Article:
The challenges of rural healthcare

Some thoughts on the practice of medicine in rural Georgia.

Dr. Donald Mirate, an opthalmologist from Valdosta, talks about the challenges of caring for patients in the rural setting:

Please count me as one who is interested in this organization.  We will have a challenge on our hands, as reduced reimbursements and increased capital needs for diagnostic equipment and computers will prevent the spread of quality healthcare to rural areas, and perhaps cause some providers to withdraw from these areas.  Concurrently, there is more difficulty for patients to travel to health centers, due to the cost of transportation and having to work.  We may be left with a few overworked general practice physicians in rural Georgia, and no way to bring patients and specialized providers together for proper diagnosis and treatment.  The scenario is that we can care for patients up to a certain point, but then they are out of luck.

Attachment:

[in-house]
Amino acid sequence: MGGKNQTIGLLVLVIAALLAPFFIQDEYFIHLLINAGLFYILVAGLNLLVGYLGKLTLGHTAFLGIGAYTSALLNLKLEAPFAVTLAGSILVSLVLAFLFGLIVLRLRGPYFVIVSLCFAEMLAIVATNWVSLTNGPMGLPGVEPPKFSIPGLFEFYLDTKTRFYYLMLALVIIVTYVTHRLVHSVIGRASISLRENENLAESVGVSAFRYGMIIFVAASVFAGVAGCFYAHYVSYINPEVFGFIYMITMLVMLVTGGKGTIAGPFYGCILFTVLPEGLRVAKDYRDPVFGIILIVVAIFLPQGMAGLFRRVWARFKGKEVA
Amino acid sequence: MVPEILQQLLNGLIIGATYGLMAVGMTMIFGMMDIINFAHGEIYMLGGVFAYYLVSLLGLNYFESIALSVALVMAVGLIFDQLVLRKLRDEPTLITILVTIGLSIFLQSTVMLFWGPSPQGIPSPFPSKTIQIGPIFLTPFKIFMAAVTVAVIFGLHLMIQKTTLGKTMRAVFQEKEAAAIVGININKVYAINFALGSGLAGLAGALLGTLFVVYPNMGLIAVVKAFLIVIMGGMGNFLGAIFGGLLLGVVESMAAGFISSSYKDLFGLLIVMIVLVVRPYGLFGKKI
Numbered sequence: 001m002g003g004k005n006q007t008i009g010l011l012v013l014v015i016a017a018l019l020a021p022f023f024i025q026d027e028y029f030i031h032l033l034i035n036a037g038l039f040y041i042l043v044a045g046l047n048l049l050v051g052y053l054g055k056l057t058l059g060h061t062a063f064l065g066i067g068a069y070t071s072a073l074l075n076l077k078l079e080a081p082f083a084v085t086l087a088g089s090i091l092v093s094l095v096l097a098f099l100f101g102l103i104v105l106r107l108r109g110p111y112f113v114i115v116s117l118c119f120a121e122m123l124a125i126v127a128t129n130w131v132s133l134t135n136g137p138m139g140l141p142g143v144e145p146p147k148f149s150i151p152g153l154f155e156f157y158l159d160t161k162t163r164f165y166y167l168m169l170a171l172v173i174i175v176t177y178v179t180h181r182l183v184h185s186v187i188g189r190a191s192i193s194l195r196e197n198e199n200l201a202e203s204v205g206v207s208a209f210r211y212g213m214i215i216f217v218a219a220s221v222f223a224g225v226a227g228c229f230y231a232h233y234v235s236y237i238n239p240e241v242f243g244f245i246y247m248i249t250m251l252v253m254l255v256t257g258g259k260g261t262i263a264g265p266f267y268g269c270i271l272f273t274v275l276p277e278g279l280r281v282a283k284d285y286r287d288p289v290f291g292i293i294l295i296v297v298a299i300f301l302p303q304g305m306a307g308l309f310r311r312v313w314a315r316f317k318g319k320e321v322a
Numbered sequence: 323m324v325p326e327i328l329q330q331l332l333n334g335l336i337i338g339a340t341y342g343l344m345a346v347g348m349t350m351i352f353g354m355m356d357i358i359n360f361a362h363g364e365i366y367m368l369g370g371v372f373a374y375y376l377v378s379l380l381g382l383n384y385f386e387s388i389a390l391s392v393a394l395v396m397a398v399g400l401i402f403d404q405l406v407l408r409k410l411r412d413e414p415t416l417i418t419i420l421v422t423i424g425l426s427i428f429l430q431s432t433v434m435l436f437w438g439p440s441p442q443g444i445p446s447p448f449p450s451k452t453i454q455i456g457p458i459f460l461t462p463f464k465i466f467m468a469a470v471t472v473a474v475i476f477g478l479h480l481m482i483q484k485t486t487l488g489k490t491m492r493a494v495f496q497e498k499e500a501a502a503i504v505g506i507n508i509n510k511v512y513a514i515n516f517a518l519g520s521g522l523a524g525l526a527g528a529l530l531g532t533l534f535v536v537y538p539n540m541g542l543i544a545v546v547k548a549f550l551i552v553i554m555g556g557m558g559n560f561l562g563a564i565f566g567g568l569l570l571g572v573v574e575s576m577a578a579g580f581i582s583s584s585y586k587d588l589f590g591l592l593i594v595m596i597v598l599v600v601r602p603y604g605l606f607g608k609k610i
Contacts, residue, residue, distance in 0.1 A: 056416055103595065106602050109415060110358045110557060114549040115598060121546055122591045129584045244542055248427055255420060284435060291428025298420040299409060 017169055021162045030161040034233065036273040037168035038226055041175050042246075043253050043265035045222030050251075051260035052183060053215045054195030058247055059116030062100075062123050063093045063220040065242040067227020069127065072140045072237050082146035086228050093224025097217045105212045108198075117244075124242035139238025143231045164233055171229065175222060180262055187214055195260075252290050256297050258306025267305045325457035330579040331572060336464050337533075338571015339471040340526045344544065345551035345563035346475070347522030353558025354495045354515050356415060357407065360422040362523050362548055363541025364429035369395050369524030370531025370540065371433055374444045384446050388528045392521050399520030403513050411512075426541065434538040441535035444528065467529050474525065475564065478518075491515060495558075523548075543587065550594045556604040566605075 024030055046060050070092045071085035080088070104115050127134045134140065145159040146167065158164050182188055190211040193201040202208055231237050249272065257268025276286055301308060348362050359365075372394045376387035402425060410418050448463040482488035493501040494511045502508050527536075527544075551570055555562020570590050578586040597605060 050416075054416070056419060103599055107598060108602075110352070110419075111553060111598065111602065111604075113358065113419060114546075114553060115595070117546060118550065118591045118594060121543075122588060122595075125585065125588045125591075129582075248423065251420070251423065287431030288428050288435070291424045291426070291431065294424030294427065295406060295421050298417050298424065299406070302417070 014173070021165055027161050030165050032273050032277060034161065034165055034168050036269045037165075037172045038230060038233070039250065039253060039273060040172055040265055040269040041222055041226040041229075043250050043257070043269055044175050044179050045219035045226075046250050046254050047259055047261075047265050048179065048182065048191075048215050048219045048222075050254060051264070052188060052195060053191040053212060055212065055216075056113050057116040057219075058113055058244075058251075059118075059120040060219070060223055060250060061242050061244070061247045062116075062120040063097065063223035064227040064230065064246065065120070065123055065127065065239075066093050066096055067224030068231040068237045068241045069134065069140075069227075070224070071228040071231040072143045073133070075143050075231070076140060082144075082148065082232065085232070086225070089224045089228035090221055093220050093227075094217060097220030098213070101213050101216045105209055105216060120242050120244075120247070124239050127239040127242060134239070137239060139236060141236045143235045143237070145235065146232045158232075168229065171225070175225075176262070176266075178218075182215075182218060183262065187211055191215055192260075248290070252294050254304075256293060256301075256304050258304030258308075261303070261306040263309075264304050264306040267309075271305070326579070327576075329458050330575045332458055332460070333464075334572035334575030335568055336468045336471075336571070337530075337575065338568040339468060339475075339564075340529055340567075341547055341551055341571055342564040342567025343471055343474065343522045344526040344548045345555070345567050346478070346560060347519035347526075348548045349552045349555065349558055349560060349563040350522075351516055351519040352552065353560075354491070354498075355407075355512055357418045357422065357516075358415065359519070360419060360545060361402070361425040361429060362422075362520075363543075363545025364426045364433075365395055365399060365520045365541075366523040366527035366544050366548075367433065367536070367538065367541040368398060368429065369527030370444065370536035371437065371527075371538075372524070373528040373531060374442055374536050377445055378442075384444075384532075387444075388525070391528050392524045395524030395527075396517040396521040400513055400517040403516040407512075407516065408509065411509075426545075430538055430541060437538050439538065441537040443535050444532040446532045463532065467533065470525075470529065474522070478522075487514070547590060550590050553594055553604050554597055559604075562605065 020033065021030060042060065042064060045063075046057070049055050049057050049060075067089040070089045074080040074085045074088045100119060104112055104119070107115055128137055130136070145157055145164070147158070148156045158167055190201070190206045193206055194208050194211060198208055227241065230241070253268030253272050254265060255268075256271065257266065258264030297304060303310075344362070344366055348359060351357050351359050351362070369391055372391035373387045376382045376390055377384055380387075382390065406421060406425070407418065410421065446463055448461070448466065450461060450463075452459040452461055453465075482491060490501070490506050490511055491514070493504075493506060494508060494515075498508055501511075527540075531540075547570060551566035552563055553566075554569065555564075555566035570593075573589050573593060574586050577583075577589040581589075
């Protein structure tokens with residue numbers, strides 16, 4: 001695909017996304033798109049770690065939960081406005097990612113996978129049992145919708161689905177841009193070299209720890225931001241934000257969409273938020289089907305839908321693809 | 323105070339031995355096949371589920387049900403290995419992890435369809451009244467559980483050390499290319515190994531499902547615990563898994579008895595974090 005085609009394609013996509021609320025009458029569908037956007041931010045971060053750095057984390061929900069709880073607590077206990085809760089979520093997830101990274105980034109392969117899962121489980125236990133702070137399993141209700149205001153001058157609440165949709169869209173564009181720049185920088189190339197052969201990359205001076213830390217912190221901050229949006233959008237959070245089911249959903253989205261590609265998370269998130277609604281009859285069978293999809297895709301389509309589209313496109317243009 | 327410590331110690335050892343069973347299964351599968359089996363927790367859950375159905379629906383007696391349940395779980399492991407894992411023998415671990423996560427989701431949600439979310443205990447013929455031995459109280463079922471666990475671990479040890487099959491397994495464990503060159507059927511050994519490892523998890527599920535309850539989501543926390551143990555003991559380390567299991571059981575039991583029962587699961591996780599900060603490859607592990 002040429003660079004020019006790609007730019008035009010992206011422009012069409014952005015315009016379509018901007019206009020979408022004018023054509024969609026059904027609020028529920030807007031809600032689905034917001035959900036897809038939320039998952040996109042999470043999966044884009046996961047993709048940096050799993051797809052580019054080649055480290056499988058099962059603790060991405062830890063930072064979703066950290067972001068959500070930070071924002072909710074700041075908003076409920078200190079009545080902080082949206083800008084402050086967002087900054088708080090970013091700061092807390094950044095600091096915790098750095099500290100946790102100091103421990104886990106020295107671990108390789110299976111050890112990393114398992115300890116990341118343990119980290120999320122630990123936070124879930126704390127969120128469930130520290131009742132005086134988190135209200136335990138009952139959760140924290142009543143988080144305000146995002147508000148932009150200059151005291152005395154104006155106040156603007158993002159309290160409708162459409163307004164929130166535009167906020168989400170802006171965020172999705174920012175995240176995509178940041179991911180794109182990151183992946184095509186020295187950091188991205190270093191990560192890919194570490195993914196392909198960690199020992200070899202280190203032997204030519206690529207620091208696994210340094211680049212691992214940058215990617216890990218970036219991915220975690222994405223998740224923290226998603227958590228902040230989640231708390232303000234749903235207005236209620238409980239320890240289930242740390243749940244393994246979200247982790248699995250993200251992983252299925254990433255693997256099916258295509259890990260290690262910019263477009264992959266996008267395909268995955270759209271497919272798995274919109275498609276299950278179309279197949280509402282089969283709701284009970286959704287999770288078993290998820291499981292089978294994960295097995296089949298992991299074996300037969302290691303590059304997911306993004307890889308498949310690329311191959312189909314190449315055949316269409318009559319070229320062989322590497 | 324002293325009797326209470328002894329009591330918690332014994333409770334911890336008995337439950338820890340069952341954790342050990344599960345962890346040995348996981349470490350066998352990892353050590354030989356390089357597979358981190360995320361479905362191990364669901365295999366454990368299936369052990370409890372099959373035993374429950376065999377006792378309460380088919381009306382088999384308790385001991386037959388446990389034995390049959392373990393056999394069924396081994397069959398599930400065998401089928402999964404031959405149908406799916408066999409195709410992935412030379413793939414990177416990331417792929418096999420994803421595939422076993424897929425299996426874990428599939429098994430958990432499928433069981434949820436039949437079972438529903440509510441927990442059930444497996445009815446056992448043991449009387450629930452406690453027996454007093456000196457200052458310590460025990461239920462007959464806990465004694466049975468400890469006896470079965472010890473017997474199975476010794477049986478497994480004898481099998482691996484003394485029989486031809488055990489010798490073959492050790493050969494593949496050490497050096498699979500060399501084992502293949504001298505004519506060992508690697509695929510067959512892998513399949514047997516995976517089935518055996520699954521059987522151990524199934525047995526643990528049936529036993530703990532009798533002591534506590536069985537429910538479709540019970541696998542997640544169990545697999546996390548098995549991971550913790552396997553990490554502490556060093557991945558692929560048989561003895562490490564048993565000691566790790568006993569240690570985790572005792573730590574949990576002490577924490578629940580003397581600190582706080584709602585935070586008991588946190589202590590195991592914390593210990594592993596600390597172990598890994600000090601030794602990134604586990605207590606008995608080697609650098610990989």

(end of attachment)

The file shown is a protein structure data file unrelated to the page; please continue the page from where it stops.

For example, as an ophthalmologist, I would not want to be off somewhere attempting to diagnose and treat eye problems, without my office full of equipment.  To do so would violate the standard of care, and put myself and my patients at risk.  While this can be done in a third world country on a mission trip, it is not advisable in the United States.

It seems that our challenge is to develop a comprehensive rural health care delivery system, from primary care up to major trauma, within the constraints of geography, funding, time, and medical malpractice.  That should be easy!

What do you think the challenges are?


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